The Trump administration is discontinuing a signature girls education initiative championed by former first lady Michelle Obama, according to officials.
By Kevin Liptak, CNN White House Producer

The Trump administration is discontinuing a signature girls education initiative championed by former first lady Michelle Obama, according to officials.

The “Let Girls Learn” program, which she and President Barack Obama started in 2015 to facilitate educational opportunities for adolescent girls in developing countries, will cease operation immediately, according to an internal document obtained by CNN.While aspects of the initiative’s programming will continue, employees have been told to stop using the “Let Girls Learn” name and were told that, as a program unto itself, “Let Girls Learn” was ending.

“Moving forward, we will not continue to use the ‘Let Girls Learn’ brand or maintain a stand-alone program,” read an email sent to Peace Corps employees this week by the agency’s acting director Sheila Crowley.

“ 'Let Girls Learn’ provided a platform to showcase Peace Corps’ strength in community development, shining a bright light on the work of our Volunteers all over the world,” Crowley wrote. “We are so proud of what 'Let Girls Learn’ accomplished and we have all of you to thank for this success.”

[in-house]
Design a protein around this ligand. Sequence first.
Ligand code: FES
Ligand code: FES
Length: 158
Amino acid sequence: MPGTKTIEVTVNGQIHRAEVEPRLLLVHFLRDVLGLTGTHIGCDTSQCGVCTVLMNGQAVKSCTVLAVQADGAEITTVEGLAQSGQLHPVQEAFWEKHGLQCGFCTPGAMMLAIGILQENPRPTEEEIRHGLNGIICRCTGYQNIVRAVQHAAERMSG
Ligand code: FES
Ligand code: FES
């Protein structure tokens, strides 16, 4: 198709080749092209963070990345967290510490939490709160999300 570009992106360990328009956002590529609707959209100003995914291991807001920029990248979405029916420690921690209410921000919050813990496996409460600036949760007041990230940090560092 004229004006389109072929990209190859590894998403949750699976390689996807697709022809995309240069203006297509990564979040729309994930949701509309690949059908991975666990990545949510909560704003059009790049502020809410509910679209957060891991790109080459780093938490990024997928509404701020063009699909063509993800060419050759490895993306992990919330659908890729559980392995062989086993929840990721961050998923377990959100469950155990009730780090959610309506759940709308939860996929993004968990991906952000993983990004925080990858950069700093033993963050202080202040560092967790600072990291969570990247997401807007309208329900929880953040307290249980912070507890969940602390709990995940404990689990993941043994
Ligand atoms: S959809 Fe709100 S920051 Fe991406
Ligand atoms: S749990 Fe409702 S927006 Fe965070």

News of the program’s end came the same day President Donald Trump’s agriculture secretary, Sonny Perdue, was visiting an elementary school in suburban Virginia to announce changes to another initiative spotlighted by the former first lady, healthy school lunches.

Perdue was set to unveil a rule change “providing regulatory flexibility for the National School Lunch Program” during a visit to Catoctin Elementary School in Leesburg. Like “Let Girls Learn,” improving the nutritional quality of school meals was a major focus of Obama’s during her tenure as first lady.

It wasn’t immediately clear how Perdue’s announcement would alter the nutritional makeup of school lunches nationwide, though health advocacy groups warned that backtracking could prove dangerous for children.

“Rather than altering the current path forward, we hope the agency focuses more on providing technical assistance that can help schools get across the finish line, if they haven’t done so already,“ said American Heart Association CEO Nancy Brown.”

Let Girls Learn" was an inter-governmental initiative run primarily at the Peace Corps and the United States Agency for International Development. A spokesman for the Peace Corps said Monday the agency would continue its efforts toward girls’ education.